His argument boils down the fact that there’s too much structure on the web today, both in the form of rigid social media publishing paradigms and (presumably) hosted CMS solutions:
Instead of having adventures into the great unknowns of the web, we instead now spend most of our time on social networks: boring, suburban gated communities, where everybody’s “profile” looks exactly the same, and presents exactly the same content, in the same arrangement. Rarely do we create things on these networks; Instead, we consume, and report on our consumption. The uniformity and blandness rival something out of a Soviet bloc residential apartments corridor.
He’s right, in a lot of ways. The “exploration” of the web has gone away. The web comes to you now. You don’t go looking for anything, due to a combination of social media, link sharing, and the power of Google.
(This, in part, is why I was so interested in Tor Onion Sites. It suddenly seemed to me that there was some secret, unexplored part of the web, and this was super-cool to me.)
I lamented about something similar, years back in RSS and the Waning Mystery of the Web:
I remember way back when the Web was young, you used to have to surf — go from site to site to get what you needed. It was halfway exciting — you were living on the edge, man. You were surfing the Net. You never knew what you were gonna find.
If we want to publish content we just push it out with Facebook or Twitter or Squarespace or WordPress.com. This is both a medium and a publishing model.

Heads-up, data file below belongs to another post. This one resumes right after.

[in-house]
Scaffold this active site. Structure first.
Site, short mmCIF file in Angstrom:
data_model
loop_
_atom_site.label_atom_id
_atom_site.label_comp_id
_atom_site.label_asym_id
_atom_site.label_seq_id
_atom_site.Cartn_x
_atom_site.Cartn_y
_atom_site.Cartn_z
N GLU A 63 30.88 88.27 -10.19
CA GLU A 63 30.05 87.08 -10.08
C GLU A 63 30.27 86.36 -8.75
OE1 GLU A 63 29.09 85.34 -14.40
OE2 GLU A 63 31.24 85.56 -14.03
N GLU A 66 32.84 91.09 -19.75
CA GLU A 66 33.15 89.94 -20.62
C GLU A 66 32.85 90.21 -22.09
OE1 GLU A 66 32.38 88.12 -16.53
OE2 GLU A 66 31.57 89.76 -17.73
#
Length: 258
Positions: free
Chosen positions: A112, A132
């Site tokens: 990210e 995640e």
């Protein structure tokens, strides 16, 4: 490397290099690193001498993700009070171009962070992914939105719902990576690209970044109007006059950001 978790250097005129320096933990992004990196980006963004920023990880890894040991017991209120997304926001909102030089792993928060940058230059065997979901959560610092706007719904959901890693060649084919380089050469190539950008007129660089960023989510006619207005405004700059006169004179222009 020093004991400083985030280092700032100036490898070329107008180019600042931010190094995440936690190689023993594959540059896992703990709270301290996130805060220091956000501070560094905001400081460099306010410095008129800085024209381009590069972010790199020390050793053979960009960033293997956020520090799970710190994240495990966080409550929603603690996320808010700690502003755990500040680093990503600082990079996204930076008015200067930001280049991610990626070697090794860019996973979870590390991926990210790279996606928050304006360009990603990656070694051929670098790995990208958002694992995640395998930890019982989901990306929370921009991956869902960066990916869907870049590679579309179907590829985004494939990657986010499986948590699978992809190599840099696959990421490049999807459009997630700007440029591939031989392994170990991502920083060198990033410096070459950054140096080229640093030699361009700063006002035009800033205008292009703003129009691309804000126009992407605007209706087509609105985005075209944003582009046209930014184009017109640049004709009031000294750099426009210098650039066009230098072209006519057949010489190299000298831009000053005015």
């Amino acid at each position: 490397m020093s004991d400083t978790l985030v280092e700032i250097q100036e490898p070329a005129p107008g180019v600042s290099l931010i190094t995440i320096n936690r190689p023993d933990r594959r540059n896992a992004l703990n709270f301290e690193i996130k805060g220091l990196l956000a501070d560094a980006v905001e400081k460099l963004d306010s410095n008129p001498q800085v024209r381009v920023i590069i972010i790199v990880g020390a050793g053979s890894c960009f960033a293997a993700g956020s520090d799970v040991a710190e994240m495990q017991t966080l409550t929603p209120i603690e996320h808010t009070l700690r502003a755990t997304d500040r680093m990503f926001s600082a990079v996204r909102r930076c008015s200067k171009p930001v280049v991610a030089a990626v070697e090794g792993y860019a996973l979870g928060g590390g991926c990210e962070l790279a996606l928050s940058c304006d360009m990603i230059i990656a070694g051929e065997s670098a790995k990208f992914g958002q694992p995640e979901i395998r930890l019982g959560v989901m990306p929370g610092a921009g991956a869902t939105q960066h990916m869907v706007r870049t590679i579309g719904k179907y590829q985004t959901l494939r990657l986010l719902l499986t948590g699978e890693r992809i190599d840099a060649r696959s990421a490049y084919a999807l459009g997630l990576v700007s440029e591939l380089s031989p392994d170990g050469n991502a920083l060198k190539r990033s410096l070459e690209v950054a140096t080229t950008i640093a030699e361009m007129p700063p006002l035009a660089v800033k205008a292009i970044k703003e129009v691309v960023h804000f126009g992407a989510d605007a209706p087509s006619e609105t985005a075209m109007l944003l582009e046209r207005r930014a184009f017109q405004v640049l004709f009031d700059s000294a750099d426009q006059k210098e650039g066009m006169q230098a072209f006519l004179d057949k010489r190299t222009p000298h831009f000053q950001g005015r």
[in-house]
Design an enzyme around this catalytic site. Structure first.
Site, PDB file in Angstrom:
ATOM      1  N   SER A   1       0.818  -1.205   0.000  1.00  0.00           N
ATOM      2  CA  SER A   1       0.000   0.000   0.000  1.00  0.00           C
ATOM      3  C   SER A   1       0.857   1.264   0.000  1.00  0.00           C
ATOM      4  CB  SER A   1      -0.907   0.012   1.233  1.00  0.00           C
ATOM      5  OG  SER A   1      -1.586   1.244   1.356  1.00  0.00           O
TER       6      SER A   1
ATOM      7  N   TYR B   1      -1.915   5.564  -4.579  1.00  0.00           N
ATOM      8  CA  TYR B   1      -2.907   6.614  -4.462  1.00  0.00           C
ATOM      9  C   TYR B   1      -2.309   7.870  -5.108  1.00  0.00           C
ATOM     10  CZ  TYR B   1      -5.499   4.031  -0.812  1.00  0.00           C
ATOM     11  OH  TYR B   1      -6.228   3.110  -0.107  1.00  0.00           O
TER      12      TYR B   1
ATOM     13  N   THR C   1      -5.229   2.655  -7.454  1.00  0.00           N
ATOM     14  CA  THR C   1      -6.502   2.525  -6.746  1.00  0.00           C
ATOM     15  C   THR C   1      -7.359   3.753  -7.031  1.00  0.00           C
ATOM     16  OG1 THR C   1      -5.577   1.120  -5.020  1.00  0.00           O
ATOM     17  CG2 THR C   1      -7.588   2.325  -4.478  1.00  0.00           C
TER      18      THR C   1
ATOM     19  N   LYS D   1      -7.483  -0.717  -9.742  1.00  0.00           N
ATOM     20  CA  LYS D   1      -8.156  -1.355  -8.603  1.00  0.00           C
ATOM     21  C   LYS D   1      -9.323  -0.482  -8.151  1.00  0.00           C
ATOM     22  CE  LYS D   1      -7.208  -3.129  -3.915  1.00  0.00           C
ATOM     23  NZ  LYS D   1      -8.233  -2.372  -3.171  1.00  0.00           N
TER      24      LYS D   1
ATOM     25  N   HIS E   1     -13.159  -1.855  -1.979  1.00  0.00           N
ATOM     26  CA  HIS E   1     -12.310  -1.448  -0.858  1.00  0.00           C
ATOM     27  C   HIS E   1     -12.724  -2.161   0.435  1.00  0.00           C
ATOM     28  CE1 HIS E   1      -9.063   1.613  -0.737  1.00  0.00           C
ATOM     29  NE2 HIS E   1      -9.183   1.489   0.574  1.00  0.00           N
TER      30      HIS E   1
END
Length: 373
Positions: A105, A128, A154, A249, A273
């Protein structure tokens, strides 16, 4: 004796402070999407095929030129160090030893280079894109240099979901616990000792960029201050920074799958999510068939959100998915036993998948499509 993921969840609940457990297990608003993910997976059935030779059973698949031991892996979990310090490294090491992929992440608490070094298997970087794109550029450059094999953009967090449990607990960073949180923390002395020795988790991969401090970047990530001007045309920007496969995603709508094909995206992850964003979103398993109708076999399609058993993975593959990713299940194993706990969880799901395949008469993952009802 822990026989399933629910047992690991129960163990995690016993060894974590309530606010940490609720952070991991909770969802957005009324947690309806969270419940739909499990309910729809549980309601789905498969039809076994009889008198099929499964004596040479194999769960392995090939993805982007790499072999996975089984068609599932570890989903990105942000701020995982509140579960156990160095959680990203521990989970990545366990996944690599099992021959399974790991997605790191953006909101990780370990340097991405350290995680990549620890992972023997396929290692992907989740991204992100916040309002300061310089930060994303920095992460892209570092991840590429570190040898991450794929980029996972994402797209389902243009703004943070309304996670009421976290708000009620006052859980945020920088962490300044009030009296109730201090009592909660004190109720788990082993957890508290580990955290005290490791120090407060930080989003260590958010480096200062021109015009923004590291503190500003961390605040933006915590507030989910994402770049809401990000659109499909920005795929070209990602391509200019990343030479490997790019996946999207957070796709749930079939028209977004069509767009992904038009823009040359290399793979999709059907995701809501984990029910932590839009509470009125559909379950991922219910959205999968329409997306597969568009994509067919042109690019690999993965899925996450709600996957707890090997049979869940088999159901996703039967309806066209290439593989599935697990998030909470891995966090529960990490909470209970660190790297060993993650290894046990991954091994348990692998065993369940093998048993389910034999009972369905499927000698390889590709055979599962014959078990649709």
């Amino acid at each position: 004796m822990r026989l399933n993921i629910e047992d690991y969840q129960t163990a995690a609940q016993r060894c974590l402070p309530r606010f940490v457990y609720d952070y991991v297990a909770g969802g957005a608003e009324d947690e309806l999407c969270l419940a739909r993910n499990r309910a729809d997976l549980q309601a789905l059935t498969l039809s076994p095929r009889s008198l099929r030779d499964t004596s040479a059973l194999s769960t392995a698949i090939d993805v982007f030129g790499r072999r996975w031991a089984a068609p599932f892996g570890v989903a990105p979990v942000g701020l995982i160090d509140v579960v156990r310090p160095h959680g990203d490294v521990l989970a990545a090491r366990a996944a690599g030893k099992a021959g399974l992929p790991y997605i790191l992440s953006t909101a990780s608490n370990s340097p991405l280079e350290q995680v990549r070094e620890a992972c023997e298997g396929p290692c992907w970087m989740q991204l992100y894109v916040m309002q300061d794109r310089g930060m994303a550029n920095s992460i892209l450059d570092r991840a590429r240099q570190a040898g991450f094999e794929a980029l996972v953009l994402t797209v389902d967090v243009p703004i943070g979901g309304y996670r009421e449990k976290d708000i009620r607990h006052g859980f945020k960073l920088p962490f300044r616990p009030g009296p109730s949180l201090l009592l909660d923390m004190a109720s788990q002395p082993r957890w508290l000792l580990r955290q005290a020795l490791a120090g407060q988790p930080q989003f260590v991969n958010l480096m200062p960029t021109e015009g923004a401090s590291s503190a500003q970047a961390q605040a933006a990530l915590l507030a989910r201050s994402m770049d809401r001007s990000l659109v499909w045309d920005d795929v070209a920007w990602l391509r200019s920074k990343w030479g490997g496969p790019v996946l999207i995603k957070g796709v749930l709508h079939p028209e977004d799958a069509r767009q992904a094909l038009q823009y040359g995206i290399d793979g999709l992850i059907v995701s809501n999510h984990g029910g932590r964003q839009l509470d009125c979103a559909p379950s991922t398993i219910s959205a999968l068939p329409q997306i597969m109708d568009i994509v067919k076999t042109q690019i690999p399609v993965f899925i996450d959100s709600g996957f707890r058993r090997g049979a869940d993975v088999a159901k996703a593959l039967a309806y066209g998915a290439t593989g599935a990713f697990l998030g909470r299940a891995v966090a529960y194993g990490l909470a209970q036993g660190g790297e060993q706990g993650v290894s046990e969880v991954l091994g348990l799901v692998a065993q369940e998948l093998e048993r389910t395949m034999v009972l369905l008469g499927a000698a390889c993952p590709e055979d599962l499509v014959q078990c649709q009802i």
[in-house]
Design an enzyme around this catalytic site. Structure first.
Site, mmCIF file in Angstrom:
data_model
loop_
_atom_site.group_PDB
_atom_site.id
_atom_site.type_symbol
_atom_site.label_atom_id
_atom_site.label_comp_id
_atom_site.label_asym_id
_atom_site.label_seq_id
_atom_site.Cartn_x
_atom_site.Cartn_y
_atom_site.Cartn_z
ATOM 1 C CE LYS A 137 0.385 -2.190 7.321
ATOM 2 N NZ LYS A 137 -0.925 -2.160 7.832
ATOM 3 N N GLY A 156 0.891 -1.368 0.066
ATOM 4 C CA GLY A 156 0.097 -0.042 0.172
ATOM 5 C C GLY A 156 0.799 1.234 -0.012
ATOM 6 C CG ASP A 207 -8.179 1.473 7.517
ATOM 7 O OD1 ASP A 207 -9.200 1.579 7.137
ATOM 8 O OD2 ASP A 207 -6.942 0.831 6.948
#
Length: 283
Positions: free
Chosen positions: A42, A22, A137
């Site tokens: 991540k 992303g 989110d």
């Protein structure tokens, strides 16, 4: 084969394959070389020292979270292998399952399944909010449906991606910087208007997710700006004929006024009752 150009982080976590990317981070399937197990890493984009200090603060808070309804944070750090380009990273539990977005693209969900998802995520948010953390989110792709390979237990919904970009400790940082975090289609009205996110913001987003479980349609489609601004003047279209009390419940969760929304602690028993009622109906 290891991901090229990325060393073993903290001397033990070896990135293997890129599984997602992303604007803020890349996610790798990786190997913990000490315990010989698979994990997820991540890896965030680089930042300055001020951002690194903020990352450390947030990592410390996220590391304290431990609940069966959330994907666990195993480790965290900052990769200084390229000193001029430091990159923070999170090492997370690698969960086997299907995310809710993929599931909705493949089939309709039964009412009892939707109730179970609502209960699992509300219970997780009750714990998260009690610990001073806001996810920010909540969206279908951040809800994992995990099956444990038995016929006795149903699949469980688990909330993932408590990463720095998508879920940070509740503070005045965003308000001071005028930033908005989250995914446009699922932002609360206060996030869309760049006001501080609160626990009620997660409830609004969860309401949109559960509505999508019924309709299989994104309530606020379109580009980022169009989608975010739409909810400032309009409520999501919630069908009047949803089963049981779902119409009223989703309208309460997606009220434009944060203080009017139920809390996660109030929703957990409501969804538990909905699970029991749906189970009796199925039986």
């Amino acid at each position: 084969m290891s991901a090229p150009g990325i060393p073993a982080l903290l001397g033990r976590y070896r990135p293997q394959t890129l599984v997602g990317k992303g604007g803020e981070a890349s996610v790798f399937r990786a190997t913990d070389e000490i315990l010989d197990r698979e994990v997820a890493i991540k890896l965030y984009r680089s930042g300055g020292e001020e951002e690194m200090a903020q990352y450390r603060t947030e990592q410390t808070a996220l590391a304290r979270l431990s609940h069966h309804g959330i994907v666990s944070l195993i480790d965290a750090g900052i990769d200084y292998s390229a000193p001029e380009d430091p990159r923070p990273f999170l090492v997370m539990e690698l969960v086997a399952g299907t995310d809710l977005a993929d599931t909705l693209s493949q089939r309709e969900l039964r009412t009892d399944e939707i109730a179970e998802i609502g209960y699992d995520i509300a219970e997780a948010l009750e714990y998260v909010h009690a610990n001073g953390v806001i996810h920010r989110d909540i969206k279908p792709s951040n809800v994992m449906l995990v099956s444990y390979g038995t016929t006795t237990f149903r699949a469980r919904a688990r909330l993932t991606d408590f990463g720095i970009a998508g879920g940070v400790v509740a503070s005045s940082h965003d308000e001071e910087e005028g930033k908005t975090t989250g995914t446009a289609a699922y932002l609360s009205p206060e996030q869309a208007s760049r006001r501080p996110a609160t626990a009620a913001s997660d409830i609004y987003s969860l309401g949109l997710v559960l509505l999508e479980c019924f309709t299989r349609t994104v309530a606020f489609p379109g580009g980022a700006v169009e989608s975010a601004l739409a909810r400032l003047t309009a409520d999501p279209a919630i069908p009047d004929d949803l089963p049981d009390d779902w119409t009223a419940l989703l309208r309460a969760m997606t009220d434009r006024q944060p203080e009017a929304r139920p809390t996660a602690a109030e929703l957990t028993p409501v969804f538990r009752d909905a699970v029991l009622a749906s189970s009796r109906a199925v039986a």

We don’t have to “create” anything anymore except the content. Content models, URLs, image handling, etc. – these are all handled. Decisions have been made for us. We have little rigid CMS boxes in which we organized stuff.
But is this a problem? While I appreciate the nostalgia of GeoCities, these new platforms were created to solve a problem – people didn’t want to learn anything to publish content. Yes, even HTML was too much for a lot of people.
In general, people like structure. People don’t like blank pages. They like to connect the dots, fill in the blanks, color by number – and this means giving them publishing platforms which are a little rigid, but give them a shell in which to work.
I think NeoCities is a great idea, and I absolutely wish the guy the best of luck with it. But thinking that all the web was missing was free hosting (hint: it’s not) might be a little optimistic.
Some people will do some great things out there, but more won’t because they’re looking for a rich text editor into which they can write content then press “Publish.”